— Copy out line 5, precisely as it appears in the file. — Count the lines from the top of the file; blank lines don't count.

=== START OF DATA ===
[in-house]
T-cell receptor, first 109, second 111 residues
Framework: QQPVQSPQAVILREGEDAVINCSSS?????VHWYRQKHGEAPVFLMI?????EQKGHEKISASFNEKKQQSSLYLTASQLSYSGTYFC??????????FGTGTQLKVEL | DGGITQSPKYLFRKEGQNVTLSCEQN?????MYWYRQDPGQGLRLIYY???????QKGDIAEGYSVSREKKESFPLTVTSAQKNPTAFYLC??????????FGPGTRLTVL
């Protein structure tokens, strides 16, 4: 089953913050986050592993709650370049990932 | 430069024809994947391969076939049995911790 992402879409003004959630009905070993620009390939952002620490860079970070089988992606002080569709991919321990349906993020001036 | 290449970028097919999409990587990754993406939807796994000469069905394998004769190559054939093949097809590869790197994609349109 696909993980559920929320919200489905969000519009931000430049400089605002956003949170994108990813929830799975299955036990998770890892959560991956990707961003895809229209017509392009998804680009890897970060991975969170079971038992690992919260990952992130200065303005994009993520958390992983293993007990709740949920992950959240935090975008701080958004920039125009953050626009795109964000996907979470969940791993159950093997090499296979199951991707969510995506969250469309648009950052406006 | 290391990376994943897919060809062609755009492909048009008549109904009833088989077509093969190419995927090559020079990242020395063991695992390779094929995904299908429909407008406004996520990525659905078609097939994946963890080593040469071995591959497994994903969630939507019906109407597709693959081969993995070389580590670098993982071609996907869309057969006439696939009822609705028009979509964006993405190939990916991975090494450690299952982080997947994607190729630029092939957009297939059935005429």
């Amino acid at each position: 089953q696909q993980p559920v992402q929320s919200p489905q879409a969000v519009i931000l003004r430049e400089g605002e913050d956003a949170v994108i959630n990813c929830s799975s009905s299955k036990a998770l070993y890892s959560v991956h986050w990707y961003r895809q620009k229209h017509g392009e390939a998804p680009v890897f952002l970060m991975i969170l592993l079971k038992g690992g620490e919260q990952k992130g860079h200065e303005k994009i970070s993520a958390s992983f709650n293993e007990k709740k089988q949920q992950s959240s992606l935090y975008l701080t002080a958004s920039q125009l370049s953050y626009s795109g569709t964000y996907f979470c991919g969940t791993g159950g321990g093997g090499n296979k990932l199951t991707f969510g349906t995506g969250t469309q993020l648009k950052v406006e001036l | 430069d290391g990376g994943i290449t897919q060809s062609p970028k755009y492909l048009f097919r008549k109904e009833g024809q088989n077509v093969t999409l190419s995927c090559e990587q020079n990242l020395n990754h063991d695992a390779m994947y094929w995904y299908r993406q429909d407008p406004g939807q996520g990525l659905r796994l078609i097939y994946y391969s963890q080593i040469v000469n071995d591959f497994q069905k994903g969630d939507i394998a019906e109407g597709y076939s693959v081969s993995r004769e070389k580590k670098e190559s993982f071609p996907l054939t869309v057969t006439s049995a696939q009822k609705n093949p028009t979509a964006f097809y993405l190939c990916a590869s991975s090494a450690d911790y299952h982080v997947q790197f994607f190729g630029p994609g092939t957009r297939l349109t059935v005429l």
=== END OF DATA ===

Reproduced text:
């Amino acid at each position: 089953q696909q993980p559920v992402q929320s919200p489905q879409a969000v519009i931000l003004r430049e400089g605002e913050d956003a949170v994108i959630n990813c929830s799975s009905s299955k036990a998770l070993y890892s959560v991956h986050w990707y961003r895809q620009k229209h017509g392009e390939a998804p680009v890897f952002l970060m991975i969170l592993l079971k038992g690992g620490e919260q990952k992130g860079h200065e303005k994009i970070s993520a958390s992983f709650n293993e007990k709740k089988q949920q992950s959240s992606l935090y975008l701080t002080a958004s920039q125009l370049s953050y626009s795109g569709t964000y996907f979470c991919g969940t791993g159950g321990g093997g090499n296979k990932l199951t991707f969510g349906t995506g969250t469309q993020l648009k950052v406006e001036l | 430069d290391g990376g994943i290449t897919q060809s062609p970028k755009y492909l048009f097919r008549k109904e009833g024809q088989n077509v093969t999409l190419s995927c090559e990587q020079n990242l020395n990754h063991d695992a390779m994947y094929w995904y299908r993406q429909d407008p406004g939807q996520g990525l659905r796994l078609i097939y994946y391969s963890q080593i040469v000469n071995d591959f497994q069905k994903g969630d939507i394998a019906e109407g597709y076939s693959v081969s993995r004769e070389k580590k670098e190559s993982f071609p996907l054939t869309v057969t006439s049995a696939q009822k609705n093949p028009t979509a964006f097809y993405l190939c990916a590869s991975s090494a450690d911790y299952h982080v997947q790197f994607f190729g630029p994609g092939t957009r297939l349109t059935v005429l």